Purépecha is a language isolate spoken by some 175,000 people in the highlands of the Mexican state of Michoacán. Purépecha was the principal language of the Tarascan state, which was founded in the early 14th century, occupied more or less same area as Michoacán, and fell to the Spanish in 1530. Purépecha is also known as Tarascan as a result.
The word Tarascan, or tarasco in Spanish, comes from the Purépecha word for father-in-law / son-in-law, tarascue. The name Michoacán comes from the Nahuatl name from the Tarascan people, Michhuàquê ("those who have fish").
After the Spanish conquest of the Tarascan state, Spanish Friars devised a way to write Purépecha with the Latin alphabet, and taught it to the Purépecha speakers. A number of dictionaries, grammars and other materials were published. From the early 18th century speakers of indigenous languages like Purépecha were encouraged to adopt Spanish and to abandon their native languages. This changed in 2003 when the General Law of Linguistic Rights of Indigenous Peoples gave Purépecha and other indigenous Mexican language official status as national languages.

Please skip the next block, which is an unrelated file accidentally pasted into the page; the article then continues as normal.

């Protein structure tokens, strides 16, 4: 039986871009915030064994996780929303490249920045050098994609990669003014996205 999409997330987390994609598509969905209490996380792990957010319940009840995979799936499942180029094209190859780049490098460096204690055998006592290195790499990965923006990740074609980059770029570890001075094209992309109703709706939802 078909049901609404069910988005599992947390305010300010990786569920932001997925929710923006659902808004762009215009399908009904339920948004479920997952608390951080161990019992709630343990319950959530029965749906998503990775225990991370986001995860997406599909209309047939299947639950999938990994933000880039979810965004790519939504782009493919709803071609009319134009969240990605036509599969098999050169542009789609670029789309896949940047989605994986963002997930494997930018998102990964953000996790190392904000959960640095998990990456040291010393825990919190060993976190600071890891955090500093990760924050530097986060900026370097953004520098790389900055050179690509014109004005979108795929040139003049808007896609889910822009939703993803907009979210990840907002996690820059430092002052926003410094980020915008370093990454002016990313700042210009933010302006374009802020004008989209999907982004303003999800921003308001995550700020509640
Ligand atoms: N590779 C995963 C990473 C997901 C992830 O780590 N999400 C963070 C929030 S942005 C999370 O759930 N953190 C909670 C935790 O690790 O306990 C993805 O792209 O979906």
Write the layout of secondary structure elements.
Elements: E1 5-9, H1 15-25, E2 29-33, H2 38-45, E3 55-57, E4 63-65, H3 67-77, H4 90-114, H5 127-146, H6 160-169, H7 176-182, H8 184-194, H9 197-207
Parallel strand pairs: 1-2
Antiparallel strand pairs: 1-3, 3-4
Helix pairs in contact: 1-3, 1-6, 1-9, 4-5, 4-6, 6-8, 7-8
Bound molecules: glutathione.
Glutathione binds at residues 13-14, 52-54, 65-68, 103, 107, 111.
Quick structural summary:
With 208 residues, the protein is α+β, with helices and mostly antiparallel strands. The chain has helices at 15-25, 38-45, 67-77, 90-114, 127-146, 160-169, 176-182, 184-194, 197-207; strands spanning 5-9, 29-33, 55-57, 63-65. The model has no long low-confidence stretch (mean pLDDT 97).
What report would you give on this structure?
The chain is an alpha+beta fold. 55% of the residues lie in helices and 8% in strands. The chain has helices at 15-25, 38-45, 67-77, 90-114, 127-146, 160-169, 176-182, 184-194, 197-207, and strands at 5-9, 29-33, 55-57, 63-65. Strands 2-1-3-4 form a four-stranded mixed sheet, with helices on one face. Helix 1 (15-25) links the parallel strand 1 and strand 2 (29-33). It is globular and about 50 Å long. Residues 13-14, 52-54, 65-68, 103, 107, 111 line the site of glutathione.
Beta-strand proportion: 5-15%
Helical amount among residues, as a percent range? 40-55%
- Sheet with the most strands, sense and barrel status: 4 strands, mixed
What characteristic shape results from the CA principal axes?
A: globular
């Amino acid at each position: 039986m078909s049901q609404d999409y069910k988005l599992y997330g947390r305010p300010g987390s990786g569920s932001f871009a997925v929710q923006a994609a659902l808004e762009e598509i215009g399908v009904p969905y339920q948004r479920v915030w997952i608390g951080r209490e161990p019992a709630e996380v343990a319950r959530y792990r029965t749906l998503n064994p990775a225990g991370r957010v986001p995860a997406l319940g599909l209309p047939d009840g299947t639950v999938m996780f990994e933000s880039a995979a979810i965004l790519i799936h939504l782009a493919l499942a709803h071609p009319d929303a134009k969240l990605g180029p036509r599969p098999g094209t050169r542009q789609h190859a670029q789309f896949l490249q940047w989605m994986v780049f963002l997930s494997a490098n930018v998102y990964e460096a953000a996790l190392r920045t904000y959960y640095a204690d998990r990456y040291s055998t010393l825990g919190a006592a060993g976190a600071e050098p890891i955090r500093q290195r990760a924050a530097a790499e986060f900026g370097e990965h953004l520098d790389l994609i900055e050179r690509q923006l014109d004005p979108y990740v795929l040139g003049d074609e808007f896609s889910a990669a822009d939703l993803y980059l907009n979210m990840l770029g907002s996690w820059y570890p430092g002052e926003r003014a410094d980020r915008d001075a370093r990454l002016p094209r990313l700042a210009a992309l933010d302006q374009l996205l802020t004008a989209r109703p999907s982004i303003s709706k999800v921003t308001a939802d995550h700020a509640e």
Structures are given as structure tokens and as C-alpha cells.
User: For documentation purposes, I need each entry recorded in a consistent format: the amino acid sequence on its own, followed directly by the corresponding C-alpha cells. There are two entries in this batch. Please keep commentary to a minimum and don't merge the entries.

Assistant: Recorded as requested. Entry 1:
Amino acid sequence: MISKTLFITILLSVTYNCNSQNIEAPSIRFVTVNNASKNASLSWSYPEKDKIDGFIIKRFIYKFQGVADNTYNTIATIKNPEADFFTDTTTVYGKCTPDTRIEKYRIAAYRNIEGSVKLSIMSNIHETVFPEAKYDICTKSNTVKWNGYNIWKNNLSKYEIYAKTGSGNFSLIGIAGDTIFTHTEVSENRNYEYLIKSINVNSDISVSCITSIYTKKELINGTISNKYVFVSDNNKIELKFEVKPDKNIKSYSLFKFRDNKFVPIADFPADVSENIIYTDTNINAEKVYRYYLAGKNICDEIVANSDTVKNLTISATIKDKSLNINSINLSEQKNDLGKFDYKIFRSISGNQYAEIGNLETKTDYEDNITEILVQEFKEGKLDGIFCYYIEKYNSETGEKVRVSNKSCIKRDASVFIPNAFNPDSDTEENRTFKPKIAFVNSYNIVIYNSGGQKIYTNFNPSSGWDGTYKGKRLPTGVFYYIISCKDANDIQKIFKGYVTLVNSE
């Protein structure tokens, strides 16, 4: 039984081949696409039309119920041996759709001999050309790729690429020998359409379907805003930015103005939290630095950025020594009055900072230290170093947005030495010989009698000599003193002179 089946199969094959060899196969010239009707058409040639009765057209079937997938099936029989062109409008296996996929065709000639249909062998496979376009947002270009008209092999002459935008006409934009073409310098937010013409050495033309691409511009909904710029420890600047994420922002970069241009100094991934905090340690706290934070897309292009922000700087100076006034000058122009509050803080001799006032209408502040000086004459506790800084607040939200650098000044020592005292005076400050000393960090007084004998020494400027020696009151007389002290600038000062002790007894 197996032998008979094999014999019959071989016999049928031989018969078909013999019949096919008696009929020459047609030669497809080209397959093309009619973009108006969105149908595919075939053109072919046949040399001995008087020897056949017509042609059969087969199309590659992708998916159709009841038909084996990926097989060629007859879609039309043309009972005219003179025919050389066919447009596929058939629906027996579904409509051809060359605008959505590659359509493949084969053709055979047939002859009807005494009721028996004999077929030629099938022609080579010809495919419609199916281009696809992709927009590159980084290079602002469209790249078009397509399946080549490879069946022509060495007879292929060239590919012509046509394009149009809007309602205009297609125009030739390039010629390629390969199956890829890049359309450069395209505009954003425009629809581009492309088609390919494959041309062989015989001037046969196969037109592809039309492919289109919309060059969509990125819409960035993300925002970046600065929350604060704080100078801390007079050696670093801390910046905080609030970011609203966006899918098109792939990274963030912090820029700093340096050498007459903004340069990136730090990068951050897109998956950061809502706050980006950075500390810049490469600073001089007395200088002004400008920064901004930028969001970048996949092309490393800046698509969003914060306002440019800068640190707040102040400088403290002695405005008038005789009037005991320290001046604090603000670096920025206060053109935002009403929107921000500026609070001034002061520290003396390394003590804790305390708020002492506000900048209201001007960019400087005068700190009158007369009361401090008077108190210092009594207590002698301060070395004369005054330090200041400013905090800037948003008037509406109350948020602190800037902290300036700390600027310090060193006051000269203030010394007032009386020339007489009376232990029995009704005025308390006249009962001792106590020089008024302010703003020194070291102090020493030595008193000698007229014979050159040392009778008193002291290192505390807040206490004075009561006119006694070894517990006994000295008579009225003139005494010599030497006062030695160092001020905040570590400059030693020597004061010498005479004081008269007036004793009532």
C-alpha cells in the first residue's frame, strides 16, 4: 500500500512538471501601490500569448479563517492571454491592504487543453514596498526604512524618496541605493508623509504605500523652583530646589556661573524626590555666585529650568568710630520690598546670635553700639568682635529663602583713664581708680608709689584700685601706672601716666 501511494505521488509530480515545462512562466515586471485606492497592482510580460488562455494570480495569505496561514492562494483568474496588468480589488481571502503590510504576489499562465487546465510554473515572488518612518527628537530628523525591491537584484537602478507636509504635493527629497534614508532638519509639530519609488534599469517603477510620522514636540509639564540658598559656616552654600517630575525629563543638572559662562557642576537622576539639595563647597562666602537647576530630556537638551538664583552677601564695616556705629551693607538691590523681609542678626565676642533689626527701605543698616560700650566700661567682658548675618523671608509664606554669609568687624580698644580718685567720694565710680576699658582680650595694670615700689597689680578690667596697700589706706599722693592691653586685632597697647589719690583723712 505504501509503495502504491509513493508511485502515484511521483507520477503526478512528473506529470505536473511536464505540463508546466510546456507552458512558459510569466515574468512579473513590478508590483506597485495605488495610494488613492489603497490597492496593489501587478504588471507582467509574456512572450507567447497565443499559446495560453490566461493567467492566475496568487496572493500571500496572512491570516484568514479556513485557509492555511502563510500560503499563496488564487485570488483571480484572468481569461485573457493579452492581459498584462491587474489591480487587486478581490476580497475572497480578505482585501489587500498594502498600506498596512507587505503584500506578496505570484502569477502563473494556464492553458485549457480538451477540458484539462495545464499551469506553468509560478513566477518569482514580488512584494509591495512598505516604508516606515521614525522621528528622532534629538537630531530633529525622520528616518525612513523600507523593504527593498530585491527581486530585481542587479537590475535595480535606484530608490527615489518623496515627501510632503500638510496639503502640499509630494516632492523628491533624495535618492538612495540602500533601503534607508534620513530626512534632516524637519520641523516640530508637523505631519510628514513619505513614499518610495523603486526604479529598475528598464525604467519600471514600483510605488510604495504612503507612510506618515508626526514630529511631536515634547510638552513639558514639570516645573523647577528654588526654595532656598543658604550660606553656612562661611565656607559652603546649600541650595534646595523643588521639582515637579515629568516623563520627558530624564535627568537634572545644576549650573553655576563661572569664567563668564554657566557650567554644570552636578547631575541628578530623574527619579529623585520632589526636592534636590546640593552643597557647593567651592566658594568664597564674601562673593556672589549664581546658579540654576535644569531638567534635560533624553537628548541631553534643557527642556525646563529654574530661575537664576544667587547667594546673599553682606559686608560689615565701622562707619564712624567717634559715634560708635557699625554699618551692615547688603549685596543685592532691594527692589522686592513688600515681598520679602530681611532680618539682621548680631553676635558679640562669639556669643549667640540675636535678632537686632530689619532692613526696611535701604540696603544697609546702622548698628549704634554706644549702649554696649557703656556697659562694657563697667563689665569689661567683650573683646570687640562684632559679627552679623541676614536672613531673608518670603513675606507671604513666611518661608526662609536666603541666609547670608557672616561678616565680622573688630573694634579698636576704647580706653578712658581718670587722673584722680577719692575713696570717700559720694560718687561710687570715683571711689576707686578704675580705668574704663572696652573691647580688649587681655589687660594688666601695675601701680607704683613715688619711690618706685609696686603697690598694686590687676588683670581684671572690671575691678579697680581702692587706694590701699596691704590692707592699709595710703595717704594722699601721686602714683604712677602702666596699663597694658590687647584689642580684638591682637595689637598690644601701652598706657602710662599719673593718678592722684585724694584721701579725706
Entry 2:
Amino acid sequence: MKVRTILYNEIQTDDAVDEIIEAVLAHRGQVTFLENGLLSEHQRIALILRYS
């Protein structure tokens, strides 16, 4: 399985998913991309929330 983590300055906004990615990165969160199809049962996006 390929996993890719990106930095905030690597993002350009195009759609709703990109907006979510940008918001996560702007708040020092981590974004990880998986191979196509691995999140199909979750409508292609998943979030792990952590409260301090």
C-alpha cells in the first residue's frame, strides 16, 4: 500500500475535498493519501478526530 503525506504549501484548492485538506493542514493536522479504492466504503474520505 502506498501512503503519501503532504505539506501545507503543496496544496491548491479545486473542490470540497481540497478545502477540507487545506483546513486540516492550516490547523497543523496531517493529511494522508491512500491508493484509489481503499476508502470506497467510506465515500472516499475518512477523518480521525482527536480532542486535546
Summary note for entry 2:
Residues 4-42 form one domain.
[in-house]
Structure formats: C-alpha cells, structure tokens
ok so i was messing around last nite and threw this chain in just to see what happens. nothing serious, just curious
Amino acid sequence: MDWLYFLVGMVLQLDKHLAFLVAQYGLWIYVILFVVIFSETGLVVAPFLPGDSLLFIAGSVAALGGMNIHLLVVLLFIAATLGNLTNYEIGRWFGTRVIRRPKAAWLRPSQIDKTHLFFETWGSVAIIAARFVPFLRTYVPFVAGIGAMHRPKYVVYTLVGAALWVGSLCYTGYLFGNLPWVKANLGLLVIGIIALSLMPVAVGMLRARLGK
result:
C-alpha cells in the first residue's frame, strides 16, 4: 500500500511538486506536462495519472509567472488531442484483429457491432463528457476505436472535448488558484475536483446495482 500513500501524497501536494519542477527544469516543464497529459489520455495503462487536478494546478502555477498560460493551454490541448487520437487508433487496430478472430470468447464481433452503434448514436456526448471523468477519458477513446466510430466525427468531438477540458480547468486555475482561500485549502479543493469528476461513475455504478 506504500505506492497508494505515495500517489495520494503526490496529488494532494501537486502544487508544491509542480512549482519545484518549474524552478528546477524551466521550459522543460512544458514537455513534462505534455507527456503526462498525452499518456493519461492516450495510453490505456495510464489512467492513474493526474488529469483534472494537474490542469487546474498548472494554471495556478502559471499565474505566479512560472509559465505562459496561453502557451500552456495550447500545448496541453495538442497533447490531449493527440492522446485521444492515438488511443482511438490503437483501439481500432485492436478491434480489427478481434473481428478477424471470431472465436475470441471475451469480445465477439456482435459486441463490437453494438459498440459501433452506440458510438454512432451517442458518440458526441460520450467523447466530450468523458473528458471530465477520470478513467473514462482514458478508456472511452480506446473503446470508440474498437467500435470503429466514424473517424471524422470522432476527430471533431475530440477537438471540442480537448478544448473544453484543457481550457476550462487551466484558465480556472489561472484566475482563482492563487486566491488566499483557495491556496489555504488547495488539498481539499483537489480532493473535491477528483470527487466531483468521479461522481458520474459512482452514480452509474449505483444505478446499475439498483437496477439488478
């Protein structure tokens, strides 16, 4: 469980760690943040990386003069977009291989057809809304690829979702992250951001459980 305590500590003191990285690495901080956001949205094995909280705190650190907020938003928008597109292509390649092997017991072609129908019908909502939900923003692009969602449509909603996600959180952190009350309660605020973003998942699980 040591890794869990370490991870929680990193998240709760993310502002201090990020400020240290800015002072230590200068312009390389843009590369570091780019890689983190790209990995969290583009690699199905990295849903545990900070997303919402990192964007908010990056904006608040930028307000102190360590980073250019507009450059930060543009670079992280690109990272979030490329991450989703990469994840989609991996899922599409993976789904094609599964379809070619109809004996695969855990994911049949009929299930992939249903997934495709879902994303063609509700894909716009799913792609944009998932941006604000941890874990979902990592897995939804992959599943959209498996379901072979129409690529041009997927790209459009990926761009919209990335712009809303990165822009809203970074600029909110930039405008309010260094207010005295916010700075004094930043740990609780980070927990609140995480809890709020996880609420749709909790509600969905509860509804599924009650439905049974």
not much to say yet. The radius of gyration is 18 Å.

Iamendu k'uiripuecha janguarhiparini ka majku jarhati ka jurhimbekuecha jingoni kueraaηasondikso ka, juajtakuarhisïndiksï ambakiti eratsekua ka kaxumbikua, jatsistiksï eskaksï sesi arhijperaaka.
All human beings are born free and equal in dignity and rights. They
are endowed with reason and conscience and should act towards one another
in a spirit of brotherhood.
(Article 1 of the Universal Declaration of Human Rights)
Information about Purépecha language
Adaizan, Ainu, Basque, Burushaski, Candoshi-Shapra, Chitimacha, Eskayan, Haida, Karuk, Keres, Kuot, Kutenai, Natchez, Nihali, Nivkh, Páez, Purepecha, Seri, Sumerian, Ticuna, Tiwi, Tunica, Urarina, Wardaman, Washo, Yuchi/Euchee, Zuni
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